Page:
Iron Maiden’s Nicko McBrain On ‘Flight 666’ DVD And Plans For A New Album


June 4, 2009

Kory Grow of Revolver Magazine recently conducted an interview with Iron Maiden drummer Nicko McBrain. When asked about a new Iron Maiden album McBrain stated, “We start working on a new record in November. We’ve got November and the first couple of weeks of December booked into writing. We’re gonna do a new album in January 2010, and we should tour with that in late summer, fall time. That’s the plan.”

The idea that metal legends Iron Maiden, a band who has built a loyal fanbase with little help from radio and TV over the past three decades, would tour the world in its own airplane came easily. What has since become the setting of a new documentary about the band and its tour, Iron Maiden: Flight 666, the Film (Banger/UMe), came as a spark of inspiration sometime during the group’s Death on the Road tour, circa 2005. The band was discussing all the cities in the world to where they’d like to travel. Frontman Bruce Dickinson said (here, in the words of drummer Nicko McBrain), “Well, we need our own bloody jet airliner, don’t we?” After the group agreed, they worked out the logistics–including Dickinson, an accomplished pilot in his private life, electing himself to fly the plane–and it wasn’t soon after that that they were boarding a 757 dubbed “Ed Force One” to cruise the world. “We were like, ‘We don’t have to pay for a captain!'” McBrain says. “Like, did we not realize that we still had to pay him to fly the freakin’ thing. [Laughs]”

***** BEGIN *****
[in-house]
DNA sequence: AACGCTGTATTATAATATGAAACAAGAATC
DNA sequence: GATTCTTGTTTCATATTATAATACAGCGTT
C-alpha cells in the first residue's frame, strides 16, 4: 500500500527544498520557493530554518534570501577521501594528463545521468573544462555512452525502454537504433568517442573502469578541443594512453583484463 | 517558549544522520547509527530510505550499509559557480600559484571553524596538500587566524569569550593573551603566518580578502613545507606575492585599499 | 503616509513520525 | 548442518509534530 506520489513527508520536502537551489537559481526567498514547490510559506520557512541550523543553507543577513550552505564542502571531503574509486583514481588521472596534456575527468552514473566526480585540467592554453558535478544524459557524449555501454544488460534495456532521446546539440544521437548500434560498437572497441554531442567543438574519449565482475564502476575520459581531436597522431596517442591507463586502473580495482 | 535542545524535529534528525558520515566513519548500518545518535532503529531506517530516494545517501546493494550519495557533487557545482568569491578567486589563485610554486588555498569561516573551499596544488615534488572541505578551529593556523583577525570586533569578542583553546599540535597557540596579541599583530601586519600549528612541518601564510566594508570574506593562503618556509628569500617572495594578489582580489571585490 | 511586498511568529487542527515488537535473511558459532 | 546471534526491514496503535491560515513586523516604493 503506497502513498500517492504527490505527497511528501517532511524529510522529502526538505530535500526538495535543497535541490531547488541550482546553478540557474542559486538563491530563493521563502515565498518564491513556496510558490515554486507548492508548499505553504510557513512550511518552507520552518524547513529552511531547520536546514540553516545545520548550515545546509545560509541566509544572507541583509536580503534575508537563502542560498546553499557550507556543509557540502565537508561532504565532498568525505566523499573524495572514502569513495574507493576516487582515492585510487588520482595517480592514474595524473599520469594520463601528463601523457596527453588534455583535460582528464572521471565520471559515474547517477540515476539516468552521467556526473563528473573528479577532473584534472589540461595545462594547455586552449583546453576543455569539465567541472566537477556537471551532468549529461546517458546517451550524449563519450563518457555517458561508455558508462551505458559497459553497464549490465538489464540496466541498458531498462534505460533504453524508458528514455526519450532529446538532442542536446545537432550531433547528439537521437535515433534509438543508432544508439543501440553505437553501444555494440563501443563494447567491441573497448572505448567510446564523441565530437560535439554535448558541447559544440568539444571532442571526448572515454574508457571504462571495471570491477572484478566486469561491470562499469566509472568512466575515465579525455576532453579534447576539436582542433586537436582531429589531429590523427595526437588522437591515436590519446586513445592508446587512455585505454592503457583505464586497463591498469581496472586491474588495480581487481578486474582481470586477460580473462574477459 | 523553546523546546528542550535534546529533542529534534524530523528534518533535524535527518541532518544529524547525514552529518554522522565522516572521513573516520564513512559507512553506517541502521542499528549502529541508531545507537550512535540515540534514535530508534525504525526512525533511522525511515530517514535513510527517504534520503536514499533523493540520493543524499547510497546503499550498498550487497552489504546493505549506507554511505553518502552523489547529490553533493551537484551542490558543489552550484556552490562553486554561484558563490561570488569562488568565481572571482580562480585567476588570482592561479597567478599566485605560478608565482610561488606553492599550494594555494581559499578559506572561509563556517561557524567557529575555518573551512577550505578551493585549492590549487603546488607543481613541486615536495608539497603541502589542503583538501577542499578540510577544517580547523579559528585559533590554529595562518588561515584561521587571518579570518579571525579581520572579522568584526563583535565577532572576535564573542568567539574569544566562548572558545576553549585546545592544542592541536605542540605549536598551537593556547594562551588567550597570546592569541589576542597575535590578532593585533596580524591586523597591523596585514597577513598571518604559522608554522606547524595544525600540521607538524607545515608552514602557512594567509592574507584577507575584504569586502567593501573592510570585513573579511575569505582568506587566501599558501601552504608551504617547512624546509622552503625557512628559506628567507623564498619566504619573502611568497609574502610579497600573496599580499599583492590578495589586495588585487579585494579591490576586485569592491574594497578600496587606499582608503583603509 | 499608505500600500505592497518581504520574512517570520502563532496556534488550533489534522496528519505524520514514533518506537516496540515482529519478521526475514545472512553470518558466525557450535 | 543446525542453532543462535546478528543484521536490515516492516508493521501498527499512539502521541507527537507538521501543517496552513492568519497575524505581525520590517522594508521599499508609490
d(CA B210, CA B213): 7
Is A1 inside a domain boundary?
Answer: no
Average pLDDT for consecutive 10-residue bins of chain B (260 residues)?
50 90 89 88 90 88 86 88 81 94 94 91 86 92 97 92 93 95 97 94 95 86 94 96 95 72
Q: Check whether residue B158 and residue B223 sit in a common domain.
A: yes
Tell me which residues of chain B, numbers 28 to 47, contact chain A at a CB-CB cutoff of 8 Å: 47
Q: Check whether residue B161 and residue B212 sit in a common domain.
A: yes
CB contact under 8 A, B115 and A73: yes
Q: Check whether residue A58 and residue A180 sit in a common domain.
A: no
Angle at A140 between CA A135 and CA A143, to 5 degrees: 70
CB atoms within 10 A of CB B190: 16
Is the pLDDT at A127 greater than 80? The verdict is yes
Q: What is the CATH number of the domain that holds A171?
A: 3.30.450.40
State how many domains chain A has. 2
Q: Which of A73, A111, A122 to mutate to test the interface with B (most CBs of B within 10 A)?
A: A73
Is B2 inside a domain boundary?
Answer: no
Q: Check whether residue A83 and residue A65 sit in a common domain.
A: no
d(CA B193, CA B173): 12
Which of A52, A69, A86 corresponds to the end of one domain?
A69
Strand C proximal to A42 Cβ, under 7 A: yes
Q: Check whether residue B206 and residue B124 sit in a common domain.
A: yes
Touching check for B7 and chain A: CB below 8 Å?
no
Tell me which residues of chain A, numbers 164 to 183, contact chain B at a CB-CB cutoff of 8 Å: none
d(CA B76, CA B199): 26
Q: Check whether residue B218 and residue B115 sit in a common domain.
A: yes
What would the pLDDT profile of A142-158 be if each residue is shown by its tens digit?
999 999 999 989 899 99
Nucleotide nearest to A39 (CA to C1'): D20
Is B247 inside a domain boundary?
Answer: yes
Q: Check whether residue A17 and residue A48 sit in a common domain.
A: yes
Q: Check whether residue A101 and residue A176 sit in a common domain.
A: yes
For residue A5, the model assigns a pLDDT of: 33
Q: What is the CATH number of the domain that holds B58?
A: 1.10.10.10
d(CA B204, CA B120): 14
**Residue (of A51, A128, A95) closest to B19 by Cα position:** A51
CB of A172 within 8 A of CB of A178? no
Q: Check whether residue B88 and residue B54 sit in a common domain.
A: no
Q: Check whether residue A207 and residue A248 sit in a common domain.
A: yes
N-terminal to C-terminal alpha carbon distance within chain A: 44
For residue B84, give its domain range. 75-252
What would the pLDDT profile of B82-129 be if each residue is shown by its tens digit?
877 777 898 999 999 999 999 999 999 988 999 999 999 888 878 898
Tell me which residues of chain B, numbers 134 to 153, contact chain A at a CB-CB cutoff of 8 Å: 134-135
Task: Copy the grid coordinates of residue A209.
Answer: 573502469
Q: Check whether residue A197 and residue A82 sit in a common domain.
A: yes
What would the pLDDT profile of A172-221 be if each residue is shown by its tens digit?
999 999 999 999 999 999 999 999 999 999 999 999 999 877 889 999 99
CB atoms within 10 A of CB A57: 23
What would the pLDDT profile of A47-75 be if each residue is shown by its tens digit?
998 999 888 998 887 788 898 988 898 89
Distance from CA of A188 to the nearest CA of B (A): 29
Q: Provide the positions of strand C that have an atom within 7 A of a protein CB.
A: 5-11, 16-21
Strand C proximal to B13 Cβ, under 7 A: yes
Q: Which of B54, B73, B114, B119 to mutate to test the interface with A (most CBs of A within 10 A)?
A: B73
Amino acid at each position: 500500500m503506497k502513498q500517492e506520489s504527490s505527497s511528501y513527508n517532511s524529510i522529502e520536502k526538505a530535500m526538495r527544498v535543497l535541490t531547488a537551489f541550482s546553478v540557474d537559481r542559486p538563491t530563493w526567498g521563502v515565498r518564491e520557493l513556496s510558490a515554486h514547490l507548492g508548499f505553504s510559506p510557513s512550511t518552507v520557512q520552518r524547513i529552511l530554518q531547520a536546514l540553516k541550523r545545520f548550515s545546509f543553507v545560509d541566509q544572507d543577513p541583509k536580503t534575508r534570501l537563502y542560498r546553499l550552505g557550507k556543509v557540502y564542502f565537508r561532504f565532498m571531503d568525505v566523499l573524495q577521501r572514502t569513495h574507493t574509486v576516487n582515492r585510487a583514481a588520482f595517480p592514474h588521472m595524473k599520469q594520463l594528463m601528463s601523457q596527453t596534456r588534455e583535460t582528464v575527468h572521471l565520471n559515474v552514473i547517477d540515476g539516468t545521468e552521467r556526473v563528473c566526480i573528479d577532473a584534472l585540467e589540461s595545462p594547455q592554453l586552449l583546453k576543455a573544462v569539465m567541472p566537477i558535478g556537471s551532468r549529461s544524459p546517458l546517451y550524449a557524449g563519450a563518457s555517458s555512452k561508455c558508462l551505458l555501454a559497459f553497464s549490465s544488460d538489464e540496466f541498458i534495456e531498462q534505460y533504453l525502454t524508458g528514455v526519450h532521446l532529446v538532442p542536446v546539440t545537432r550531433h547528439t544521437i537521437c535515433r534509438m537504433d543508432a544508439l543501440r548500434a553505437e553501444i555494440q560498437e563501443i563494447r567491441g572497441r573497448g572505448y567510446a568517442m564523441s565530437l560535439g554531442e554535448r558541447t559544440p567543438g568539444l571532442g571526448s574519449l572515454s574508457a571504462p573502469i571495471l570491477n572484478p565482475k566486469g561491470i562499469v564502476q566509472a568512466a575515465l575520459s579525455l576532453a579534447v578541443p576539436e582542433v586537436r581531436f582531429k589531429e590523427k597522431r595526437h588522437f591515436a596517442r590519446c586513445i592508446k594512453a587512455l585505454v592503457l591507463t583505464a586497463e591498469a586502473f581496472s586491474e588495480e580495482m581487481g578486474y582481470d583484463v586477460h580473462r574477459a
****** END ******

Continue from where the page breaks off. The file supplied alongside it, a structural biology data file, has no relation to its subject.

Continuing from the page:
At the insistence of their manager, Rod Smallwood, Iron Maiden hired Canadian filmmakers Sam Dunn and Scot McFadyen, who previously worked together on the documentaries Metal: A Headbanger’s Journey and Global Metal, to film the tour 24 hours a day, seven days a week. The documentarians took full advantage of having unprecedented access to the band members, who are notorious for rarely opening up their private lives, for some candid sequences, as well as the opportunity to connect with the group’s fans. The band didn’t always take kindly to the observation, but it paid off. “There was a time when I wanted to kick the guys off the plane at 35,000 feet,” McBrain says. “I said, ‘See that exit over there? I’m gonna open that door and I will throw your camera out, and you’re gonna be following it.’ It was wonderful in the end, though.” The film, which is out Tuesday on DVD, will air on VH1 Classic and Palladia on Saturday, June 6, at 9 p.m. EST., and also on regular VH1, Saturday at midnight (technically Sunday, June 7). Looking at the process of making the film now, McBrain says he’s happy with the results.

The entire Nicko McBrain interview can be viewed at

Courtesy of and